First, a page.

The Courier News from Blytheville, Arkansas on September 2, 1950 · Page 1
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The Courier News from Blytheville, Arkansas · Page 1

Blytheville, Arkansas
Issue Date:
Saturday, September 2, 1950
Page 1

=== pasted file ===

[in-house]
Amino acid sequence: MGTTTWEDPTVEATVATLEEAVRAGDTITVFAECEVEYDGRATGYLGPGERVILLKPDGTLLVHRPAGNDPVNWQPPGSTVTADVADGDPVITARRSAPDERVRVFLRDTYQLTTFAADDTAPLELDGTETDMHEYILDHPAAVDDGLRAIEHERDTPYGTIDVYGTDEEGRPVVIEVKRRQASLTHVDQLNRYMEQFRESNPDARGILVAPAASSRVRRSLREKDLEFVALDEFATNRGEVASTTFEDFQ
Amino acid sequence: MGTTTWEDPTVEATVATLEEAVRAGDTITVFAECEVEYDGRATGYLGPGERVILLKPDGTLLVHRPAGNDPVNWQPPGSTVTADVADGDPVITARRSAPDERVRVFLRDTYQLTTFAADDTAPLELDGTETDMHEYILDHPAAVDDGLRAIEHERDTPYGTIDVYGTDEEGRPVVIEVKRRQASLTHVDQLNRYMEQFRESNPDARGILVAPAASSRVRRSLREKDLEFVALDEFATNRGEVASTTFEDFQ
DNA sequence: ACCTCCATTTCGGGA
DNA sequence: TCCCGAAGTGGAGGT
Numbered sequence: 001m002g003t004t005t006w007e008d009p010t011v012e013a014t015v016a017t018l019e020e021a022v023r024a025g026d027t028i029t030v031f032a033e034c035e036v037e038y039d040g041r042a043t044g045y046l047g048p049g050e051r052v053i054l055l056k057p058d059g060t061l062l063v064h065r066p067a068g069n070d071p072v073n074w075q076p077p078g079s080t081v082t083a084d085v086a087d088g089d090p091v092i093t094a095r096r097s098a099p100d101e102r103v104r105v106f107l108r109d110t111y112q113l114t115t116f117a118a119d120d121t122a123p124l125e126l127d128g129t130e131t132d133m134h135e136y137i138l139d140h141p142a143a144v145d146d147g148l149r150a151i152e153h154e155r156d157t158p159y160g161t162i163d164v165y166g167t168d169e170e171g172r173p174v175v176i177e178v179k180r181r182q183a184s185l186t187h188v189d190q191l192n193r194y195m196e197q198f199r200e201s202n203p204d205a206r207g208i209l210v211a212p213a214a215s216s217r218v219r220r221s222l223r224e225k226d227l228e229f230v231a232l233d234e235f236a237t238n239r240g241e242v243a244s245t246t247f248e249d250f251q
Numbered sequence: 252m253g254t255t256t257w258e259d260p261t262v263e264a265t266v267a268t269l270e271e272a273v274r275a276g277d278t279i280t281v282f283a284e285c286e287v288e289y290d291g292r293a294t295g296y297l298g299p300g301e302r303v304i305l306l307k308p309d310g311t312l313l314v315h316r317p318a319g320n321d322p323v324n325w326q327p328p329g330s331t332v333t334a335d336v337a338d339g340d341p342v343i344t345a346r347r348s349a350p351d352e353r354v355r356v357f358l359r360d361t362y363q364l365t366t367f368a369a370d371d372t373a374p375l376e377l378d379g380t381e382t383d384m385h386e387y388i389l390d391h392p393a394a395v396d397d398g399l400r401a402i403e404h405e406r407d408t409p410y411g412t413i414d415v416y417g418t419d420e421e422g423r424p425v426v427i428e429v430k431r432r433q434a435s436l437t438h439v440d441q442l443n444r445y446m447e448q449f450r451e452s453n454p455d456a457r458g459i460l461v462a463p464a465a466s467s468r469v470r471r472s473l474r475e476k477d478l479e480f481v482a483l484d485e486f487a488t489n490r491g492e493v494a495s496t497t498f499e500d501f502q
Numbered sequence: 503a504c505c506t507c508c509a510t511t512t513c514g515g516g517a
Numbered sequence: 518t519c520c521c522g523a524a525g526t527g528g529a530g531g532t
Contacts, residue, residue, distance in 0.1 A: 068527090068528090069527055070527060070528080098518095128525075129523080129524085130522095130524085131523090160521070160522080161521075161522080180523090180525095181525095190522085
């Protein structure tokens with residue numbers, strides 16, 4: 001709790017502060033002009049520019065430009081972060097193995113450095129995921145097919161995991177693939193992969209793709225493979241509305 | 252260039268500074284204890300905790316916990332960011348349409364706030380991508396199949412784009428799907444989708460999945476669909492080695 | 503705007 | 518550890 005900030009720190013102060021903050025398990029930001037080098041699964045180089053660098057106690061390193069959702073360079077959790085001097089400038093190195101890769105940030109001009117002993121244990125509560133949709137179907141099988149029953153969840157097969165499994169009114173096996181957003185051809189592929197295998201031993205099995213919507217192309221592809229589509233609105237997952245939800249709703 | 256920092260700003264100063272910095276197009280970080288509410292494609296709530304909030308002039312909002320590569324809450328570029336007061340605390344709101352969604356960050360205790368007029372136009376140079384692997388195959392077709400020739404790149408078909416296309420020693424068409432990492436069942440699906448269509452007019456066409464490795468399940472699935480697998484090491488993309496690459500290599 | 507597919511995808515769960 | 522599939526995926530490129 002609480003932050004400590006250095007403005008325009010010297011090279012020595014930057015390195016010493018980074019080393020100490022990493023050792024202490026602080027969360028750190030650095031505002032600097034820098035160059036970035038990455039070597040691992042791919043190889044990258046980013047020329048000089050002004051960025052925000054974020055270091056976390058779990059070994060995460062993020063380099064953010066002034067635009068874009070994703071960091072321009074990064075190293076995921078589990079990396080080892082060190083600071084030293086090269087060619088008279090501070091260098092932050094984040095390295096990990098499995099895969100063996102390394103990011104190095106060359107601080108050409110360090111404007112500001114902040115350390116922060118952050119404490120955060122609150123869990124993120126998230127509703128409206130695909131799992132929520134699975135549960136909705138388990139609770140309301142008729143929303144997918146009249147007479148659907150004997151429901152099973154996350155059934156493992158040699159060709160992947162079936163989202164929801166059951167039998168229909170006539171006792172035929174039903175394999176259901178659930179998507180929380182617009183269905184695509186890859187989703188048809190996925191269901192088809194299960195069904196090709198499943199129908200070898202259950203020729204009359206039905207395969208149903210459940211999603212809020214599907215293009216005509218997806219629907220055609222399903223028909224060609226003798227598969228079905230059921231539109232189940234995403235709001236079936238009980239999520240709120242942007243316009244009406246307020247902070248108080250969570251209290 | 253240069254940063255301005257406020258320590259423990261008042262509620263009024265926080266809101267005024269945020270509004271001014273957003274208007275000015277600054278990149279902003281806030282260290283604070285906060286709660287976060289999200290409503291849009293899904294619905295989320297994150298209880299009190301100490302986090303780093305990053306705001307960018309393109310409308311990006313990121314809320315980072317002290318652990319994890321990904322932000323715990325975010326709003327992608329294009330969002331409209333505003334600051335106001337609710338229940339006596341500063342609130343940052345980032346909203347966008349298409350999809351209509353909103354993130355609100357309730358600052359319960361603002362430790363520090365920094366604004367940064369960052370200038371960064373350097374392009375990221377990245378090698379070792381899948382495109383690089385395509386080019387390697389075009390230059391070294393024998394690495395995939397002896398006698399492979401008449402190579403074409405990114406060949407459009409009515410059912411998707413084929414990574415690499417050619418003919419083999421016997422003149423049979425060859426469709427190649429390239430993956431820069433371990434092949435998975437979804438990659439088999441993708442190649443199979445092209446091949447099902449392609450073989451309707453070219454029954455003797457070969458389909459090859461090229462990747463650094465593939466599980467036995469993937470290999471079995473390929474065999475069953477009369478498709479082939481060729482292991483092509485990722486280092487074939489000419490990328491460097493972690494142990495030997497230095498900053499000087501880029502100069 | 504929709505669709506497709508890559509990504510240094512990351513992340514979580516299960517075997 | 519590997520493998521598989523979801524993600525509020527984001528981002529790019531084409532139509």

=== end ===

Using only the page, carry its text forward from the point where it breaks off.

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BLYTHEVILLE COURIER NEWS TH« DOMINANT NEWSFAMR OT HORTJttAST AMCANAAB AND 8OUTHIA*T WTMOURI Vnr »yiri vt^ tA, BljrthevllU Otilj Mm Ifinlsslppl V»lUy VOL. JLLVI — NO. 141 BlythcvlU* Couri«r Blythevllle Herald BLYTHEVILLE, ARKANSAS, SATURDAY, SEPTEMBER Z, 1950 EIGHT PAGES SINGLE COPIES FIVE CENTS llHShattered Red Divisions Routed by Yank Attacks 29 Blytheville High School Graduates Return to Teach Here This group of 29 teachers are faculty members of various •chools in the Blytheville District who saw fit to return to Hie scenes of their school days for teaching careers. All are graduates of Blytheville High School. Members of the group ar> Miss j^irnestine French, Mrs. Ada .((Sura Fowler Kinlbel, Miss Ali-:e Marie Ross, Miss Minnie Foster. Miss Thelma Cathey, Ml«. Lola Thompson, Mrs. Lucile Armstrong Quellmals, Freeman Robinson, Miss Frances Shouse, Mrs. Betty Woodson MeHaney. Miss Virginia Swearengen, Russell Moslev. Misi Beatrice Hrtrgett, Miss Mary Hubler, Miss Louella Barnes, Miss Mildred Meador, Miss Polly Ann Stewart. Mrs. Olive Wahl Kirksey. Miss Betty Black, Mrs.- Nellie Johns Brantley, Miss Frances Blight, Mrs. Hernia Shepherd. Mrs. Margaret Mahan Bell, Mitchell Johns, Miss Sunshine Swift. Mrs. Carolyn Haley Henry, Hildred Bunch and Byron Moore, Four Btytheville alumni were hired to fill vacancies this year rind this brought Blylheville'j total alumini teachers to a new high, W. B. Nicholson, superintendent of schools said. Three of this group. Miss Fiances Shoiise, Mrs. Betty Wodson Mcllaney and Miss Betty Black were members of Phi Beta Kappa, college honor group, last year at universities they were attending. Not in the picture are several Blytheville graduates who serve the local school system In other —Courier NeH'i Photo capacities. They are Miss Evelyn Blythe. bookkeeper in the superintendent's office; Mrs. Thomas R. Ivy, superintendent's secretary; Miss Florence Needham Webster, secretary of the veterans' adult education program; Miss Jiui- nita Davis, clerk in the office of the high school principal; Mi.u Millie Allison, secretary of the veterans' agriculture program and Murray Smart, a member of the school board. Communists Leave 10,000 Dead, Hurt; Offensive Blunted TOKYO, Sunday, Sept, 3. (AP)—Terrified remnants if two Communist divisions fled in rout today as tank-led Allied infantrymen attacked at vital points nil along the 120-mile Korea;! front. The fleeing Reds left 10,000 dead mid wounded ns they -.plashed, across the Nam River before attacking U. S. 25th Division troops in the southwest. The 25th regained all its Switchmen End labor Dispute 1 Hopes Are Spurred For Settlement of • Railroad Troubles PI SETTLEMENT ED -34 . .d|l T WASHINGTON, Sept. 2. W — Settlement of a switchmen's' dispute spurred hopes itoday -Cor end- Ing other pending railroad labor trouble* to government^eizurie,over the industr~ " But the pitchmen . ^^^^_ ^ ^pmands of tratnTne" r ~flno cfflnduct- ors appeared none totl br £ The nation's major railroads were *el&ed last, Sunday to avert A stiike ot 300000 trainmen and conttuctois That dispute remains unsettled. The. switchmen— members of the AFIj's 'switchmen's Union of North (America— and ten western railroads came to - agreement at the White House last night ending a 17-month dispute over • wages and hours, 23-C'ertl Pay Increase They settled 011 a 23-cent hourly pay increase effective October 1 That was In place of the 31 cents demanded by the union in asking for 48 hours pay for a 40-hour work week. A three-year pledge against any furjher wage or other demands was union. In exchange switchmen will get given by for that, the the « penny-an-hour wage hike for every point rise in the government's cost-of-living index beyond an Index level of 174. It wis 172.5 on July 15. •-"" Effect on Rail Dispute Sj|The .switchmen's agreement ma? affect the still pending railroad dispute in either of these ways: 1. After October 1, the switchmen on the ten railroads under contract with the switchmen's union will be receiving 23 cents more an hour than switchmen who are members of the Brotherhood of Railroad Trainmen and employed on othe; railroads. This will have a ten cjency to pressure the BRT and the Order o( Railway Conductors to settle as soon as possible. 2. Because the rival switchmen's union has signed up, the trainmen and conductors will be under pressure to get a better settlement, and that may prolong their dispute and lengthen the period of government operation of the roads. 8 Missco Reservists To Get Physical Exams The Army dipped into its reserve again yesterday and came up with eight Mississippi County men who are to report to Hot Springs Wednesday for physical examinations. Col. H. V. Logsden, commander of the Organized Reserve, Jonesboro District, said the men are to report to the Army-Navy General Hospital at 8 a.m. Wednesday U> receive physical examinations. The list included two Blytheville men. Freeman D. Chenoweth- and Earl J. Graves. / Others included Marvin White, Blytheville, Rt. 3; J. W. Wilcox, Luxor*;. Charles F.'Sayer, Leachville Rt. i; William p. Kennedy, Leach- rtUr JttiirUti, L Flanagan, Bljtheulle Rt 2 and Billy a. Goodman, •-••• Colonel Logsden e ^office said the physical exams will be given pieparatory to it possible call to aclne duty 4th Army General To Inspect Co. M \ndORC Facilities Capt. W. D. Tommey of the Army Reserve Corps said this morning that Maj. General Bruce, deputy commander ot the Fourth Army, will come lo Blytheville Tuesday to inspect training facilities of National Guard Company M and the organized reserve unit here. General Bruce, Captain Tommey said, will inspect the Armory and other training facilities of the National Guard nnd the facilities -of Company B, 308th Heavy Tank Battalion, located here. Genera! Bruce also will inspect National Guard nnd reserve unit facilities In Faragoutd and Jones- bo ro. Weather Two Missourians On Casualty List Two more Southeast Missouri soldiers were listed on a Defense Department casualty list released today. Sgl. Daniel E. Gillis, son of Mrs. Ila Ula Bates of Hayti. was reported to have died of wounds suffered n the Korean fighting. Mrs. Cathirine Gillis. wife of Sgt. Gillis. lias been residing In the Far East Command. Listed as Injured in the Korean connict was Pfc. Miller J. Upchurch, son of Miller W. Upchurch of Ca- ruthcrsville. Arkansas forecast: Mostly cloudy with occasional shoaers this aflw- CI.OUDT noon and in east and south portions tonight and Sunday. Not much change tn Icmperattire. .Missouri forecast: Mostly cloudy through Sunday with occasional light showers except none likelv extreme northwest portion; little change In temperature; low tonight 60 to 65; high Sunday 73 lo 78. Minimum this morning—GO. Maximum yesterday—75. Sunset today—6:26. Sunrise tomorrow—-5:34. Precipitation 24 hours to 7 am today—.04. Total since Jan. 1—50.25. Meart temper ilure (midway between high and low)—10.5. Monnsl' m«n tempera tur» for Tlitt D«t« L*rt »»r Minimum" this morning—61. Maximum yesterday—8<. , Precipitation Jan. i to (his date -J7-U, Most Offices To Be Closed On Labor Day County, state and federal offices in Mississippi Counts' will be closed Monday In observance of Labor Day. All state arid federal offices In Blytheville's City Hall will be closed as wjll all offices In Ihe Court Elouse at bolh Blylheville and Oiccola. There will be no window service at the Blytheville Post Office, but the lobby will be open for the convenience of box holders. Only mail deliveries on Monday will be special delivery or perishables. •Both Ihe First National Bank nnd the Farmers Bank and Trust Company will remain closed as will the Board of Trndc and the County Health Unit. Mrs. Annabel Fill, county health nurse, said that all immunizations scheduled to be given Monday at the unit would be given Wednesday instead. The only offices (o remain open In the City Hall will be Ihose of Ihe City Clerk and Chamber of Commerce. Merchant* of Blylhcvilie are scheduled to open for business as usual. First Cotton Leaf Worms Reported; Bilbrey Urges farmers to Check Fields Ccunlv Agent, Kellh Bilbrey today urged that farmers in" this area ci.eck their fields for cotton leaf worms. The first "moderate to- bad'. 1 outbreak ot cotton leaf worms has been reported on four or five 'arms in Ihe Flat Lake community Mr. Bilbrey said. This (s a new crop of .cotton leaf worms, he said, and the in- leslation is bad enough ID require immediate attention. These worms are easllv poisoned, Mr. Bilbrey said, by tox- aphene, or. calcium arsenale. There are other poisons that may be nstd If these are not available, he added. Arkansas Cotton jArea Forecast- Train Crash Kills S N<i!l\VAUKEE. Sept.' 2 W—Two i-uci-iuI an excursion trains, carrying 200 model-railroad fans each, -ollidcd head-on today. An Associated Press staff reporter counted five dead as they were removed Irom the wreckage and said "there are more." Special weallier forecast for Arkansas collon producing areas: There are fnriiralfons of a low- pressure «re» alonj the Tc\as coast and widely scattered afternoon and evening thunrfersliowcrs are indicated over Sunday with f»ir weather Monday Humidity will continue hlrh. Winds will be "ithl. Levitch Selling Interest- in Dreifus Jewelry Co.; To Join Memphis Firm Dodors'Draft' Awaits Signature Truman Has Bill After Congress Okays Registration Measure WASHINGTON. Sept. 1, !i?i— The bill to draft physicians, dentists and other medical specialists now awaits President Truman's signature. Congress completed action on It yesterday. The measure requires the medica! men to register for the draft if they are under 51 years of age. If drafted, they would be liable for 21 months' service. If they arc in the reserves, or join them now. they will not be drafted, Members of tlie reserves however, can be called lo active dutj at any time. StOO Extra Pay If they volunteer for duly with Ihe armed services. Ihe medical men will be entitled to SlOO-a-month extra pay—a bonus set up by Congress two years ago to interest them In military service. If they are drafted however, they do not receive th extra $100 pay. The bill is designed to enroll 5.500 doctors and 3.000 dentists who received training at government expense during World War II nnd who saw little or no active service If the armed forces find they can not get enough men in this cate E"ry, they will then draft men who were trained at government expense and had less than 21 months o active service Other categories tol low after that. Meanwhile, Chairman Vinson (D Gal of the House Armed Service Committee predicted that in Jan uary his committee would consldc raising the top draft age from 2 lo 35 and. possibly, drafting Wor War II veterans. Now all veteran with 90 days of service are exempt Thursday Vinson had said tha married men with children woul scon be drafted, if they were withi the present draft age of 25. old positions. The night snapped off the soulh-j rn prong of the war's biggest of- ensive, launched by 120,000 Reds low on the baUlellnes. The other prong was blunted by reinforced U. S. Second Division Iri- 'anlrymen who smashed back Into flaming Yonftfian and retook dominating hills to the west on the 25th Division's northern (lank. But the Reds were reported massing tanks three mites west of Yong- an, apparently preparing for a new push. The veteran 24th Division reappeared at th? opposite end of the front in a double four miles drive north of the port of Pohang. Tanks paced the attack against stubborn Reds. In other united Nations offensives: . South Koreans almost encircled Klgye, northwest of Po- hang, and pushed Reds back north of Taegn,'central U. N. communications center. The U. S. First Cavalry atlacked « key height west of Tae- Superforl* Jvln AEUck B-^9 superforts from Okinawa joined Ihe murderous American air attack in direct support of ground troops. The Air Force's full strength as thrown into the attack by Us ar Enst commander Lt; Gen. Geo 1 e E. Stratemeyen B,-29s'slammed X) tons of bombs at three main ed .'-concentration points back ie .western wall—Kiimchon, Chin- and Kochang. Results were "ex- elent." An Eigmn Army communique unmarized the ground sHuatioi us: "United States forces were olding their positions or counter- tacking the enemy." Front line reports from Associat- I Press Correspondents Stai winton and Bern Price, contain- later information, gave this pic ire of the two main sectors In ie southwest: 25th Retains Position* Tlie U. S. 25th Division rcgalncc II the positions it held before tin 'orh Koreans struck out of th arkncss Thursday night. Swintoi aid the Reds left 2,500 dead 01 le field and estimated anothe ,500 were wounded. The Reds broke and fled acros le Nam River, Swinton renortec The cigth Army said one Amer can force, still attacking, had driv mile ucst of Hainan, recap ured forward bastion guarding th lo Ptisan, major U.N. S U|J ly base 35 air miles to the cas lonfused fighting had swirled a ound Hainan earlier in the day. Price, in the other main secto eporled "strong U. S. Second div slon counterattacks appeared lave broken the North Korea mash east of the Naktong River. Sr.lM Lin* Re-tttlabUshCfl He said the two southern ele icnts of the division had rccslab shed a solid line after bealii sack Kcds who had split their part. At, Yongsan, where the Rcc lad driven 86 miles In their dccpc* penetration, the Eighth Army said ighting resulted "In i United States victory." The second, with fresh relnforce- Harry Levitch, manager of Dreifus Jewelry Co. here for the past four years, announced today that he Is selliiiB his interest in the firm and will move to Memphis to accepl a position with x major Jewelry outlet there. He will join the Memphis firm's main store In an executive capacity Sept. IS. He also will be supervisor of the firm's branch stores. Mr, tevllch said he Is selling his Interest .In both the Blytheville and Dyersbufg, Teim., branches of Dreifus Jewelry Co. Paul Alvey, who has been assistant manager of the store here for the past year, will succeed Mr. Levitch as manager, Mr. Levitch came to« Blytheville from MtoijkU^ whan ha «ru tan Troop Locations Placed in 'Dark' TOKYO. Sept. 3 MV-Genera *"•*, «»«M£ ! ^ •= V tc^a'r? £ and reared, In August, IDlfi. to' open the Dreifus jewelry store here. While here, Mr. LevUch has been active In civil and lies. He is a membi ' _ of directors of the Retail Merchant-! Division of the Chamber of Commerce, member of Ihe chamber's Publicity Committee, a trustee of Moose Lodge 1507. president of 1. Miller Lodge of B'jiai B rilh, general chairman of the Mississippi County United Jewish Appeal and member of the UJA trl-state regional board, secretary of Temple Israel, and a member of the Klwanls Club and Junior Chamber of Commerce. Mr. Lev-itch Is married and the couple has a three-year-old son, HooaUL on publicizing the location of Allic troops. Col. M. p. Echols said the re-strlc lion applies also to enemy troops contact with United Nations force He lold newsmen lhat plupoin iiK these positions would "supp information to the enemy which s doubt he has." The new security reguUtio somewhat stronger than other will restrict the geographic loca tions mentioned by official spoke, men. Echols nskcrt newsmen cooperate equally in deleting pin point Identifications from fie .ents and thundering columns of anks, smashed head-on Into orlh Korean attack Saturday lornlng and shattered It, Its momentum carried Ihe Am- ricans Into Yongsan. AP Corres- ondcnt Don lluth said the town r as in flames as the tanks rolled nto it. They disappeared In clouds I smoke. General Fired for Talk Of Attack on Russia WASHINGTON. Sept. J (/P)_ Firing ot a lop Air Force general (or offering to attack Russia made It nlnmdnmly clear loclny the >d- mmislration Intends to squelch all offlclnl talk of waning a preventive war. Tlie Alt Force moved fast yesterday In suspending Mnj. Gen. Orvil A. Anderson as commandant of 'lie Ah War Collene, Montgomery, Ala, Anderson had Just been quoted as saying he'd welcome an order to smash Husia's atomic bomb .stocks. The Anderson Incident followed a rebuke earlier this week from President Truman and the State Department U) Secretary of the Navy Matthews. The secretary had given a ,-neech saying this country should be willing lo start a war If necessary to compel cooperation tor peact, --» " ' Fat* Undecided Secretary Matthews Is still In office. The professional fate of Oen. Anderson Is still to be decided. Th« Air Force said only that he had been suspended pending a determination of the facts about an interview he gave yesterday to the Montgomery Advertiser. 'Die newspaper quoted Gen. Anderson In n copyrighted story u suying this: "Give me the order to do It and I can break up Russia's Jive A-bomb nesLs in a week. And when [ went up to Christ ... I think I could explain to him that I had saved civilization." Anderson also said that "to assume that the Russians won't uja their A-bombs if we sit by and watch them bullci them is a dangerous assumption." 'Spend. Tax and Draft' Is Forecast In Truman s Call for 3 Million Men By DOUGLAS B. COKNKI.I. f WASHINGTON, Sept. 2. (AP)—President Truman'* call for a 3,000,000 man Amer- cnn f iglitiiijf force to block the path of Communist aggression pointed today toward greater spending, higher taxes and larger draft calls. Tel Ihe plan for a broader mobilization, announced In a worldwide broadcast last night, drew quick pledges of Congressional support. The promises piled In from Republicans, from Democrats who backMhe administration and from Democrats who: buck It. Some, like Senator Lodge (R- Miiss). saw the pliin as helpful In avoiding a \world war. Som« weren't sure It gaes far enough. Senator NfcClellan (ri-Ark) said h • aer»\s "we need 3.000,000 men »nd probably more." Special UN Council Inquiry Sought in 'Bombing Charge' LAKE SUCCESS, Sept. 2. (IPi— 1 r he United Slates sought today have a special Security Council meeting called early next week to order an Inquiry Into Red China's charges lhat U. S. planes bombed Manchuria. The irpve followed the speed-up More Cars Suffer Paint blisters; Seven More Casts Reported in City More cases of car paint blistering apparently caused by this week's rains have been reported In Blytheville. A survey of garages and auto agencies in the city this morning disclosed that about seven new- cases have b«en reported since yesterday. This brings the total reported since yesterday to approximately 10. The first three were reported yesterday morning. The rash of blisters is » repetition of what happened last fall, when similar weather conditions existed. No definite cause of the blisters has been found, although the most persistent theories link the damage to prolonged rains resulting In this area as fringe effects of Gulf hurricanes. program of the council under lte : ie<v prcs.denl. Britain's Sir Gladwyn Jebb, who took over the job for September yesterday. Russia's Jakob A, Malik, who had :he post In August and blocked council action on Korea for the whole munin, tried to slow up tne council from his delegate scat and partially succeeded. Jebb managed to get Ambassador John M. Chang of the Republic of South Korea lo seat at the council table before Malik could object, When Malik did object, the council voted nim down 9 lo 1. Yesterday's long debates, however. kept the U.S. from Introducing resolution calling for appointment of a two-man inquiry commision. composed of representatives of Sweden and India, to look into the charges thiit U.S. planes dropped bombs, and killed Chinese north of the Korean lx>rdcr, in Manchuria. Both Represcnlerl Both those countries have diplomatic representatives in Pclplng. Wnrrcn Austin, chief U.S. delegate. who told the council Thursday he hnd reports one American fighter plane may mistakenly have bombed north of the border, let i 1 be known he wanted the council to act quickly with an on-the-spot In- rtuiry of the charges. The council took a weekend recess that will continue over Labor Day Monday, Its next regular meet- in-; is 2 p.m. (EST) Tuesday. Further discusion of the Korean cr>' til* t nnd condemnation of Noi ti Korea's two-months long defianci of 'J.H. cease-tire and withdrawn orders Is first on Tuesday's schcd ule. Chanjc Is Seated The council got that far when Jebb lold Chang to move from a :pect?-tor row where he had sal » meetings since July 31, to a seat at the uiblc. Mal.k had always refused to scat Chang, charging a council decision June 27 to do so was illegal because Malik had not been there. Beaten on his objection to Jcbb's move. Egypt- did not vole. Yesterday's meeting w'as slgnifi- lant for the fact Hint Malik ridiculed legal reasoning of Sir Senegal N. Uau, the Indian delegate, who ( aid the North Koreans must not >c Invited until they end their fight- ng and pull back Lo the 3Blh Parallel thr-y Invaded June 25. James Gardner Opens Law Office In Borum Building James M. Gardner, Blylhcvllle attorney today announced that he has opened an office In the Borum Building and will engage In Die general practice of law. Mr. Gardner formerly was assoc- W. Leon Smith. A graduate of the University of Arkansas Law School, Mr. Gardner came to Blythcville Irom Wynne In August, 1919. Fie is a veteran of World War II, having served thiee years in the Army. While attending the university, he was a member of Pi Kappa Alpha fraternity. Blue Key and Delta Theta Phi law fraternity, Mr. Gardner Is currently serving as secretary-treasurer of the [lly- Uicvilie Bar Association, board member of the Junior Chamber of Commerce and Judge-advocate of Dud Cason Post, 24 of the American _>giot). A memher of the First Baptist Church, he also is serving on the District Boy Scout Council. Bowdcn's Condition Called 'Still Cr/tico/' Condition of Ralph Bowricn. Joiner farmer who was injured In i traffic accident near Marion Wed nrsday night, was reported as "sill Mr.'Truman, himself, snlrl "fur- .her increases may'be required." Production Increase And lo "arm ourselves more julckly," he said, we must step up sharply production of guns, tanks, )l.»ic» and other military equipment. Increase stockpiles of vital materials, expand war production capaclts, work hard and sacrifice, <<jve up many things we enjoy. With this program, the President jouplcd a warning to Russia against monrestimating American might the way Hitler and the Japanese gcnc-ah did. We have (he ability and resources, he said, and lei no 'would-be aggressors" make any mistake about that. America's armed strength has been nbout 1.500,000. The previous ?oal has been an Increase to around 2,600.000 by the middle of next year. Ctenclled-Fliil Warning Th« ready support In Congress for still higher figure—cries of opposition were entirely lacking In the first reaction—underscored another clcuched-fist Presidential warning: " "There will be no pro/it for any people who follow the Communist dictatorship down Its dark and bloocjy palh." Tin. President spoke last night from the White House. Mainly, It to U I; the American people about objectives, and why five American divisions—some 75.000 men—arc fighting In tar Korea. If nggrcslon were allowed to succeed Ir Korea, Mr. Truman expi: ined. It would be "an open invitation lo new acts of aggression elsewhere.'' "Koica," he said, "is the front line In the struggle between freedom anc, tyranny." The Red invasion, the President said, "has reached its peak." and we now ha'-c a "firm oase" In South Korc.- with the next Job to crush the Invaders. Our forces and the United Nations command, he said, dre confident that will be done. There was an assurance that the critical" by attendants at Baptist Korean conflict will not flame into J.Ialik tried to gel the council again Hospital In Memphis this morning I a general war—imlefs "CommuntsB In invllc the North Koreans. He! Mr. Bowden was Injured when hisj imperialism" pulls in other armies wa.s braipn on that proposal, tno.jcnr collided with a pickup truck on'and governments. 8-2, Yugoslavia voting with him. Highway 61 near Marion. "* Yank in Korea Is Lonesome; 'Mom, Chester Got Killed' GOODWILL. W. Vn., Sept. 2 </Tt —Mr and Mrs. Huston Bleviiu r«art the Iclcgram fiom Ihe Defense Soybeans CHICAGO. Sept. 3, (.47—Closing Soybean Quotations: High Low Close Nov Jan Mar 245 >,v 24 6 * 248', i 2<9' 152*4 351U 25 J 1 3M*i 3M »4 250 Dcr"irtmtrit quietly. accepted the news ChcMor, one of their 20-year-old twin sons lighting' In 'Korea, was believed missing | n nctlon. The «-year-olct COA| miner and his wife said they hoped he would "turn up" That was Aug. 22. Yesterday they had this letter from Leslei, the other twin: ••Well, Mom, UtU tin* «w nwful lonesome. I hate to break the ncsvs lo -nil and the family. Mom. Chester Rot killed In action August 19, 1950. He died an easy death. He never knew what hit him. "Mom. I was carrying o'.it wounded men when he got" killed. I was under heavy machine (gun) fire Mom. there are two sets of twins In our company. <The others) were the Smith brothers. Ons or them got killed and the other got wounded In the leg. Well. Mom, 1 guess that the Lord w»nt«d It that Alnng with this, as separate parts nf an eight point statement of "our aims and our hopes." went a pica to Communist-dominated China i- staj out of the Korean scrap and word to the world that America wants only peace for all men. Dercuncfng Rmsia by name. th» chief executive said there are threats to aggression elsewhere than In Korea, so we must expand our armed forces and keep them larger "for a long lime to come." Truman Okays Spending WASHINGTON, Sept. 3 (&)-* President Truman today signed * rp*ol' Uon to permit the Pentagon to be^in spending the $16,700,000,000 prtvtded in emergency military appropriations yet- to be passed by tht